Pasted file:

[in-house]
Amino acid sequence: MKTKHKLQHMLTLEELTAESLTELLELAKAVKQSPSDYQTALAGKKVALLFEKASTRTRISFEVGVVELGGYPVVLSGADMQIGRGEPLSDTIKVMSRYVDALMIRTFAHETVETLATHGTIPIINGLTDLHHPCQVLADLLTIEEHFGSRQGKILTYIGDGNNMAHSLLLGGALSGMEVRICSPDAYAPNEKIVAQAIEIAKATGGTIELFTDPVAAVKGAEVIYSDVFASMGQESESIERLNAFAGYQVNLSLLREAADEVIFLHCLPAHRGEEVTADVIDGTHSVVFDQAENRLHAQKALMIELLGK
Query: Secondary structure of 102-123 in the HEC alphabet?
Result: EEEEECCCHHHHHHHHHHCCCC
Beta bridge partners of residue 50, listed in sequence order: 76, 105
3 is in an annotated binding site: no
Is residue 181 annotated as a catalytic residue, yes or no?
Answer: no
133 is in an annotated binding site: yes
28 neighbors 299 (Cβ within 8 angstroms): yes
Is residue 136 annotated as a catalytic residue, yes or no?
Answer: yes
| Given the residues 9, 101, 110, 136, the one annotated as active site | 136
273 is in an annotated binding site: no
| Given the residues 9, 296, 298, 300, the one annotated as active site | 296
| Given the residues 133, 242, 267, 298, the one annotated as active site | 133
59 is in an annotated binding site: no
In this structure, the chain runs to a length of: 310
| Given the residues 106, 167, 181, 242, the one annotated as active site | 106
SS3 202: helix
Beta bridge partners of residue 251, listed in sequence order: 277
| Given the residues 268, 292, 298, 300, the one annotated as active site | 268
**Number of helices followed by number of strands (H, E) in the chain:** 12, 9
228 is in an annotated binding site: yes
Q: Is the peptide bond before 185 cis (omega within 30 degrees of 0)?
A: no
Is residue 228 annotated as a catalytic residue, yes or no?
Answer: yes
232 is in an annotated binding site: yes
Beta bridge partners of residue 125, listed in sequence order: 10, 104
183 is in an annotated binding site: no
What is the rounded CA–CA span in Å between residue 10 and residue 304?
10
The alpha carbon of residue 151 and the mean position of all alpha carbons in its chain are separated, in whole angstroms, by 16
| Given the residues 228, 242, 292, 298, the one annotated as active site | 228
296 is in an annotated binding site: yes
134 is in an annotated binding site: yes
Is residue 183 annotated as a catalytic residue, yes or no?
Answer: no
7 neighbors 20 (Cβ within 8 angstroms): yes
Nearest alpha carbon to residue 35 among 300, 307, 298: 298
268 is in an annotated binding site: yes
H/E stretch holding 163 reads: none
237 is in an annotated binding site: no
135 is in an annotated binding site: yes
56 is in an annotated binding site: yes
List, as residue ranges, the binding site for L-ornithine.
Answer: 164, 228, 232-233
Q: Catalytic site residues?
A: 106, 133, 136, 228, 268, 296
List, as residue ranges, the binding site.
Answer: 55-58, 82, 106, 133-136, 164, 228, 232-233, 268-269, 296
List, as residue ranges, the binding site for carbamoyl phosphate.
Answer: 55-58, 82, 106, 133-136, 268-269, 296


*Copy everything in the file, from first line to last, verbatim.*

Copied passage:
[in-house]
Amino acid sequence: MKTKHKLQHMLTLEELTAESLTELLELAKAVKQSPSDYQTALAGKKVALLFEKASTRTRISFEVGVVELGGYPVVLSGADMQIGRGEPLSDTIKVMSRYVDALMIRTFAHETVETLATHGTIPIINGLTDLHHPCQVLADLLTIEEHFGSRQGKILTYIGDGNNMAHSLLLGGALSGMEVRICSPDAYAPNEKIVAQAIEIAKATGGTIELFTDPVAAVKGAEVIYSDVFASMGQESESIERLNAFAGYQVNLSLLREAADEVIFLHCLPAHRGEEVTADVIDGTHSVVFDQAENRLHAQKALMIELLGK
Query: Secondary structure of 102-123 in the HEC alphabet?
Result: EEEEECCCHHHHHHHHHHCCCC
Beta bridge partners of residue 50, listed in sequence order: 76, 105
3 is in an annotated binding site: no
Is residue 181 annotated as a catalytic residue, yes or no?
Answer: no
133 is in an annotated binding site: yes
28 neighbors 299 (Cβ within 8 angstroms): yes
Is residue 136 annotated as a catalytic residue, yes or no?
Answer: yes
| Given the residues 9, 101, 110, 136, the one annotated as active site | 136
273 is in an annotated binding site: no
| Given the residues 9, 296, 298, 300, the one annotated as active site | 296
| Given the residues 133, 242, 267, 298, the one annotated as active site | 133
59 is in an annotated binding site: no
In this structure, the chain runs to a length of: 310
| Given the residues 106, 167, 181, 242, the one annotated as active site | 106
SS3 202: helix
Beta bridge partners of residue 251, listed in sequence order: 277
| Given the residues 268, 292, 298, 300, the one annotated as active site | 268
**Number of helices followed by number of strands (H, E) in the chain:** 12, 9
228 is in an annotated binding site: yes
Q: Is the peptide bond before 185 cis (omega within 30 degrees of 0)?
A: no
Is residue 228 annotated as a catalytic residue, yes or no?
Answer: yes
232 is in an annotated binding site: yes
Beta bridge partners of residue 125, listed in sequence order: 10, 104
183 is in an annotated binding site: no
What is the rounded CA–CA span in Å between residue 10 and residue 304?
10
The alpha carbon of residue 151 and the mean position of all alpha carbons in its chain are separated, in whole angstroms, by 16
| Given the residues 228, 242, 292, 298, the one annotated as active site | 228
296 is in an annotated binding site: yes
134 is in an annotated binding site: yes
Is residue 183 annotated as a catalytic residue, yes or no?
Answer: no
7 neighbors 20 (Cβ within 8 angstroms): yes
Nearest alpha carbon to residue 35 among 300, 307, 298: 298
268 is in an annotated binding site: yes
H/E stretch holding 163 reads: none
237 is in an annotated binding site: no
135 is in an annotated binding site: yes
56 is in an annotated binding site: yes
List, as residue ranges, the binding site for L-ornithine.
Answer: 164, 228, 232-233
Q: Catalytic site residues?
A: 106, 133, 136, 228, 268, 296
List, as residue ranges, the binding site.
Answer: 55-58, 82, 106, 133-136, 164, 228, 232-233, 268-269, 296
List, as residue ranges, the binding site for carbamoyl phosphate.
Answer: 55-58, 82, 106, 133-136, 268-269, 296